A common self-limiting belief that keeps practices small: That a great report of findings is the key to patient retention.
Truth: This means that the report of findings is a sales presentation designed to get a patient to do your bidding. Besides being needlessly stressful and out of character for a professional caregiver, using sales techniques to get patients to do the "right" thing (according to you), even if justified as being in the patient's best interest (which only coincidently serves your financial needs), is parental, unsustainable and ultimately disrespectful to each patient's free will agency.
Yes, report your findings. Yes, make it meaningful to each patient. Yes, explain the significance and possible consequences of neglect. And by all means offer some choices and present your recommendations. However, your report of findings should be about the patient and their plight and not used to exercise your social authority to manipulate.
A common self-limiting belief that keeps practices small: Patients can’t afford chiropractic care. Truth: Granted, if your patients live in a cardboard box under the bridge, finances could be a factor. Instead, at least two other factors are in play. The first is a lack of perceived value from your care. This could be the result of [...]
A common self-limiting belief that keeps practices small: Great adjustments and quick results grow practices. Truth: It often shocks the newest chiropractors when they discover that their high grade point average and clinical awards don't count for much as they attempt to establish and sustain a practice. Unless you're a savant such as a Gonstead, Goodheart, [...]
A common self-limiting belief that keeps practices small: Your primary purpose is to adjust patients. Truth: If patients need an adjustment, you should apply the least amount of energy possible, at the most opportune time and place with the objective of reducing nervous system interference between their brain and their body. But that's not your purpose. Unless [...]
A common self-limiting belief that keeps practices small: The purpose of chiropractic is to treat the patient’s symptom. Truth: Using chiropractic adjustments to treat pain, besides being the practice of medicine, is a new development. (Drugs are faster, cheaper and more convenient.) Prior to so-called "insurance equality" in the 1970s, chiropractors had family practices and were [...]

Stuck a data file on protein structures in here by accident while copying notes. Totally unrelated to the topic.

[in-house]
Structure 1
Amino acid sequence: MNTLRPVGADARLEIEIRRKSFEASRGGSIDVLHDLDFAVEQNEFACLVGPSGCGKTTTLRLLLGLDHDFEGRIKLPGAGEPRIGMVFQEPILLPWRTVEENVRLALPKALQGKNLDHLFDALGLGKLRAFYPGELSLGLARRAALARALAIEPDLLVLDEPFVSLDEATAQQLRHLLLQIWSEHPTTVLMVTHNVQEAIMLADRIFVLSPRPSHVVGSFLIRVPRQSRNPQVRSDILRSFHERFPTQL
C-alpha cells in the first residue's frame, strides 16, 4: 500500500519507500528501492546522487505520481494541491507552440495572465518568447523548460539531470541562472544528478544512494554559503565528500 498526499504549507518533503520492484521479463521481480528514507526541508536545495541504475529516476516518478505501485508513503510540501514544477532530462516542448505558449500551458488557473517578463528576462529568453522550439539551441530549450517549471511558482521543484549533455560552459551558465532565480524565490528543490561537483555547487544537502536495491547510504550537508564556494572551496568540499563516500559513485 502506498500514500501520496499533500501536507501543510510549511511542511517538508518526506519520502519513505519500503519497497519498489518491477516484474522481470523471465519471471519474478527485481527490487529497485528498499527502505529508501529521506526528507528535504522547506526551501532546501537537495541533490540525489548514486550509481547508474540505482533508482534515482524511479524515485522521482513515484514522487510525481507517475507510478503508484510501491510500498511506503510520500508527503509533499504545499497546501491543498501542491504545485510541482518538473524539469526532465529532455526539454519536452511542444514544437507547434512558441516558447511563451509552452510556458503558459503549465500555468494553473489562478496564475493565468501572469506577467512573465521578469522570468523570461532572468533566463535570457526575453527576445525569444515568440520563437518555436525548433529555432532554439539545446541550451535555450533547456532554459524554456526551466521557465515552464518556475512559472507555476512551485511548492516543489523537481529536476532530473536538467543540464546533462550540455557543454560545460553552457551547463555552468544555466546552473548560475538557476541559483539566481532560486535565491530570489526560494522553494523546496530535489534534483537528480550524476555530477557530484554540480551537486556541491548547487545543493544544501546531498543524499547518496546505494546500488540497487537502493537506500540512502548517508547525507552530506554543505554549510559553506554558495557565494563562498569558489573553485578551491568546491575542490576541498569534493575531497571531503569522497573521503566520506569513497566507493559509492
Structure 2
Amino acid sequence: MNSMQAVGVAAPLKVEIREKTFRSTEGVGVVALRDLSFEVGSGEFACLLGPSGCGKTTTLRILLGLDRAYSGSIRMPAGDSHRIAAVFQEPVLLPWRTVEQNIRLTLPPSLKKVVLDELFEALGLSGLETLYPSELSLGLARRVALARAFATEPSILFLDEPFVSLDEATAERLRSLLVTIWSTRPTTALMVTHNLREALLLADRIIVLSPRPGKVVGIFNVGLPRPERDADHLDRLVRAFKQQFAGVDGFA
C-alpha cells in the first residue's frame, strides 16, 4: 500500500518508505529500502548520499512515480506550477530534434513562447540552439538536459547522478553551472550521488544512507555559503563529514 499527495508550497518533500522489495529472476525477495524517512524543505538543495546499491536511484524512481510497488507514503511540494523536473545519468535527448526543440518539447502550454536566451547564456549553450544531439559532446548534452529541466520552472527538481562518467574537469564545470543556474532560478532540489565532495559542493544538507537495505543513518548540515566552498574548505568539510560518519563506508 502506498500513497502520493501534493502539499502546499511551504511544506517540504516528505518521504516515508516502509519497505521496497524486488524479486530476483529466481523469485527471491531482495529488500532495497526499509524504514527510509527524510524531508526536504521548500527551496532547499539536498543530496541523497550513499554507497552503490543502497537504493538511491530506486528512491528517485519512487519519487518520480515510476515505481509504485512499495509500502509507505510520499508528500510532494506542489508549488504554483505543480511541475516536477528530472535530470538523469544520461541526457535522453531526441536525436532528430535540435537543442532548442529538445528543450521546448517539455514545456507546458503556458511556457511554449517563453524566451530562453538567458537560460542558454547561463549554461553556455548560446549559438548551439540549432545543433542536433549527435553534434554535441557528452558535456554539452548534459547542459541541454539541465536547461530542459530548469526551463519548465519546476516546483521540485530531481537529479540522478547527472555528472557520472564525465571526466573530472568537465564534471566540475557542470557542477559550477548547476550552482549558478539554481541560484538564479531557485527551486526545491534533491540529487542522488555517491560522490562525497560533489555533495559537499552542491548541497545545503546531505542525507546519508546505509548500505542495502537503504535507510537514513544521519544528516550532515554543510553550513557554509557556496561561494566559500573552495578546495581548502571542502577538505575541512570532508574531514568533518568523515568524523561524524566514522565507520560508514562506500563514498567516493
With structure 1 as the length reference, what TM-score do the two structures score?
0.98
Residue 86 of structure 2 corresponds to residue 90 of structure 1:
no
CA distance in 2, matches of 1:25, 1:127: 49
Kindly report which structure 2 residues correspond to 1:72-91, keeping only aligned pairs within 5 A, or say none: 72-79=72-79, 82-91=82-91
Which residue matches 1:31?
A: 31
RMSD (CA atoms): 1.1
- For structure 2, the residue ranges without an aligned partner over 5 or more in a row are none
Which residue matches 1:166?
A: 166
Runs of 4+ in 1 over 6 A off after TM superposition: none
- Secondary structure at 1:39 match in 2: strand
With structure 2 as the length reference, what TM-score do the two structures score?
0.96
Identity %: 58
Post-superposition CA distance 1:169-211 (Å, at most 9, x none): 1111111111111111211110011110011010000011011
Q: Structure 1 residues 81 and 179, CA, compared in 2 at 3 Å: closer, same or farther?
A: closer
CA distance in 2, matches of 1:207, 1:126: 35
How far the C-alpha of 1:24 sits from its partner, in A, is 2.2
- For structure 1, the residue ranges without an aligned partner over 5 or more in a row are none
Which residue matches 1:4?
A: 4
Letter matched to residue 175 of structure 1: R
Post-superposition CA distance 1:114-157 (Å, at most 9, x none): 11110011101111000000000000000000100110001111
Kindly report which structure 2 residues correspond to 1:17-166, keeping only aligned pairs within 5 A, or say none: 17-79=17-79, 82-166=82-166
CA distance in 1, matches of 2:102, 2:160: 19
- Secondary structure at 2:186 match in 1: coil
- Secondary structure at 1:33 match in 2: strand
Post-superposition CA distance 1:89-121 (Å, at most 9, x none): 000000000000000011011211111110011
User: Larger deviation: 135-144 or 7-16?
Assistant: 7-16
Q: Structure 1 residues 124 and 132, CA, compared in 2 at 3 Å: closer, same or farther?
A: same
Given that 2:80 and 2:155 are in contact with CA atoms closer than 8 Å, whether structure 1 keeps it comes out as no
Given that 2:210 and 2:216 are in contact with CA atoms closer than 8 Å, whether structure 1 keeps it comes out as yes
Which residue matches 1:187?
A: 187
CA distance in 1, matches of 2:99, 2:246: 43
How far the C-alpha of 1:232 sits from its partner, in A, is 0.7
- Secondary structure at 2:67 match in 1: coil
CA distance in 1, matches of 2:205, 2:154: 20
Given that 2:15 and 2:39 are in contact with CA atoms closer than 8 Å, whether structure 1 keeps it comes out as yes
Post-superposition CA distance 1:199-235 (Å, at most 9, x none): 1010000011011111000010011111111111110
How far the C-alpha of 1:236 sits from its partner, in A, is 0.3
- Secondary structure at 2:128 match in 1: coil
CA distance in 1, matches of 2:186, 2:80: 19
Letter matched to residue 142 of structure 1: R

Struggling chiropractors know what they don't want."I want new patients, but I don't want to give talks or spinal screenings.""I want more referrals, but I don't want to call patients after their first adjustment.""I want more reactivations, but I don't want to send newsletters or postcards.""I want more new patients, but I don?t want to do anything other than [...]
Successful chiropractors are great communicators. They know that effective communication is only partially about the words they speak. In fact, chiropractors who are thriving do very little speaking in comparison to their patients. Instead, they exhibit the skill of being present, actively listening and the ability to send nonverbal cues that communicate trust and certainty.They [...]
Do you explain to patients that they control the speed of their recovery? You probably should. After all, the intent of your precisely directed and controlled adjustment is to reduce interference to their nervous system. Symptomatic relief is merely a happy side effect outside of your control. How quickly patients enjoy the results they seek is [...]
What is your intent when adjusting a patient? What’s on your mind? What are you hoping to achieve? What are you visualizing? What outcome are you imagining?Since I don’t adjust patients, I’m at a slight disadvantage here. However, it occurs to me that no other aspect of your relationship with patients is more telling. Not [...]
You rarely need a heavy coat in the heat of summer or sunglasses at night. These are inappropriate protections for such circumstances. Same with some of the vows you've made. Years ago we made vows and personal declarations using absolutes such as "always," "never" and "nobody" to protect us from future pain or discomfort. As in [...]